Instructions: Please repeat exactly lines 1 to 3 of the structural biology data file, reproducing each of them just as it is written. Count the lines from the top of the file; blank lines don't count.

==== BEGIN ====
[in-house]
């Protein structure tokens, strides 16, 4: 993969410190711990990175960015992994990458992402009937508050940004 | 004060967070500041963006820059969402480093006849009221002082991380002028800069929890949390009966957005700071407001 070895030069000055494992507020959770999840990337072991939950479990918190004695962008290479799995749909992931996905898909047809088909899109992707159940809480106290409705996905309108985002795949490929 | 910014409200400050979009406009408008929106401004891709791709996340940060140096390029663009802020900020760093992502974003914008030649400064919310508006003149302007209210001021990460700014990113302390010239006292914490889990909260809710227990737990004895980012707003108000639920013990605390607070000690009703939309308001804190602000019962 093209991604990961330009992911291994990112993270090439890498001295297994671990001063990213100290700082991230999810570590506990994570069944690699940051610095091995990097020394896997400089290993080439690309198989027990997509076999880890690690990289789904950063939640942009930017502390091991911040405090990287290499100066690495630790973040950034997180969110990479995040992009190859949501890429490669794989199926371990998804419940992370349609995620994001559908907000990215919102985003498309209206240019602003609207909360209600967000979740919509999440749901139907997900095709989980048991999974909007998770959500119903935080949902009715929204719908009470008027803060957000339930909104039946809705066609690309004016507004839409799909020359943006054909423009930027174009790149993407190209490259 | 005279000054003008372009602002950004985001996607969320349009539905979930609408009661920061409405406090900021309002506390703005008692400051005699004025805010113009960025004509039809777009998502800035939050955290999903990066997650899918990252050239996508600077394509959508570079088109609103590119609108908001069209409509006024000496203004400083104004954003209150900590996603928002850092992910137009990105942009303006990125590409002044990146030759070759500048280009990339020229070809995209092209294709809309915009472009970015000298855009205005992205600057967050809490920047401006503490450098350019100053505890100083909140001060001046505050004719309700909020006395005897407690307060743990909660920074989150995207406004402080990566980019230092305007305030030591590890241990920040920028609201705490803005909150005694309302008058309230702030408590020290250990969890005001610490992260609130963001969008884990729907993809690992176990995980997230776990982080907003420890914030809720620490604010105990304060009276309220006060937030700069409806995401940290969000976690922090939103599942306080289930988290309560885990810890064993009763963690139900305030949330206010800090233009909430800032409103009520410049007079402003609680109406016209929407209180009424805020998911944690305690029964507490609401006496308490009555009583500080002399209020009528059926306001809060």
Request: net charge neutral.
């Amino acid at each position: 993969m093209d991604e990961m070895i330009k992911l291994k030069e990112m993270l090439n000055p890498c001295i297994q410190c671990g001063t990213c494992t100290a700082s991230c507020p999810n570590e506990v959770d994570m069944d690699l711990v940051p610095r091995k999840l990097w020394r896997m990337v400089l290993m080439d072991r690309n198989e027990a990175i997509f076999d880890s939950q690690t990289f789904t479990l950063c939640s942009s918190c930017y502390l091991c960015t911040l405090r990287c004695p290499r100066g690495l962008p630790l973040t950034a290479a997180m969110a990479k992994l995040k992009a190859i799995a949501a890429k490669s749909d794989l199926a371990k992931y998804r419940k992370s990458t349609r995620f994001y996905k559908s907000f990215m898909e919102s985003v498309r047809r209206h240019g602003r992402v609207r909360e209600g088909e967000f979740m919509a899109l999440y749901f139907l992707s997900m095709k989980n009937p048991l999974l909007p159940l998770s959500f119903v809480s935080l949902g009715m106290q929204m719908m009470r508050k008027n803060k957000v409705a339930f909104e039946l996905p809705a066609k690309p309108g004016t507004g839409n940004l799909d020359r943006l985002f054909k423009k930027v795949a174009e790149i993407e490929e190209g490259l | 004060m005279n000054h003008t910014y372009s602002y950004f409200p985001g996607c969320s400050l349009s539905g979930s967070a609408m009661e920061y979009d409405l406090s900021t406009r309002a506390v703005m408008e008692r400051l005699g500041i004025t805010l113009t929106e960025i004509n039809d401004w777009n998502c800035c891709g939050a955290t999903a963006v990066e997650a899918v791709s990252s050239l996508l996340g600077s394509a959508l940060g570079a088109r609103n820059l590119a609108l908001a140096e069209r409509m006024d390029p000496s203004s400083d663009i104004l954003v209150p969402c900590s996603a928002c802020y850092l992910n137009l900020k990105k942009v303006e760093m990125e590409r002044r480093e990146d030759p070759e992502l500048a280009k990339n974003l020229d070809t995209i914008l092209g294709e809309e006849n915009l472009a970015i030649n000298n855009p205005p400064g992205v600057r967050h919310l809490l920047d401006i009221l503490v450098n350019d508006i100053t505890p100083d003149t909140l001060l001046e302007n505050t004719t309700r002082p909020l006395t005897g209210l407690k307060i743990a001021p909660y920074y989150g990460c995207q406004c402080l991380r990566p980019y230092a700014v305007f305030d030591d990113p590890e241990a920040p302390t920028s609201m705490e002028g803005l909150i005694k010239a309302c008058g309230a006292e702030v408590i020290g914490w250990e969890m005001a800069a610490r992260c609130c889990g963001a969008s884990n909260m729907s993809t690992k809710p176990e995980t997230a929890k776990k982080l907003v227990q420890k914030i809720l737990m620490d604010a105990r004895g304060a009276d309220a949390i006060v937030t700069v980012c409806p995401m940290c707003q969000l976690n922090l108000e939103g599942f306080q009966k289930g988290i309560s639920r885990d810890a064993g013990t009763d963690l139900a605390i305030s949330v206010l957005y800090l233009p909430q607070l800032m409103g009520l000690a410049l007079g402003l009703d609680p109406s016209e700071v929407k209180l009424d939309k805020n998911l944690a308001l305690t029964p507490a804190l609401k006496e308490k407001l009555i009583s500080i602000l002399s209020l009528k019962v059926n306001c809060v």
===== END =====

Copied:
[in-house]
């Protein structure tokens, strides 16, 4: 993969410190711990990175960015992994990458992402009937508050940004 | 004060967070500041963006820059969402480093006849009221002082991380002028800069929890949390009966957005700071407001 070895030069000055494992507020959770999840990337072991939950479990918190004695962008290479799995749909992931996905898909047809088909899109992707159940809480106290409705996905309108985002795949490929 | 910014409200400050979009406009408008929106401004891709791709996340940060140096390029663009802020900020760093992502974003914008030649400064919310508006003149302007209210001021990460700014990113302390010239006292914490889990909260809710227990737990004895980012707003108000639920013990605390607070000690009703939309308001804190602000019962 093209991604990961330009992911291994990112993270090439890498001295297994671990001063990213100290700082991230999810570590506990994570069944690699940051610095091995990097020394896997400089290993080439690309198989027990997509076999880890690690990289789904950063939640942009930017502390091991911040405090990287290499100066690495630790973040950034997180969110990479995040992009190859949501890429490669794989199926371990998804419940992370349609995620994001559908907000990215919102985003498309209206240019602003609207909360209600967000979740919509999440749901139907997900095709989980048991999974909007998770959500119903935080949902009715929204719908009470008027803060957000339930909104039946809705066609690309004016507004839409799909020359943006054909423009930027174009790149993407190209490259 | 005279000054003008372009602002950004985001996607969320349009539905979930609408009661920061409405406090900021309002506390703005008692400051005699004025805010113009960025004509039809777009998502800035939050955290999903990066997650899918990252050239996508600077394509959508570079088109609103590119609108908001069209409509006024000496203004400083104004954003209150900590996603928002850092992910137009990105942009303006990125590409002044990146030759070759500048280009990339020229070809995209092209294709809309915009472009970015000298855009205005992205600057967050809490920047401006503490450098350019100053505890100083909140001060001046505050004719309700909020006395005897407690307060743990909660920074989150995207406004402080990566980019230092305007305030030591590890241990920040920028609201705490803005909150005694309302008058309230702030408590020290250990969890005001610490992260609130963001969008884990729907993809690992176990995980997230776990982080907003420890914030809720620490604010105990304060009276309220006060937030700069409806995401940290969000976690922090939103599942306080289930988290309560885990810890064993009763963690139900305030949330206010800090233009909430800032409103009520410049007079402003609680109406016209929407209180009424805020998911944690305690029964507490609401006496308490009555009583500080002399209020009528059926306001809060």
Request: net charge neutral.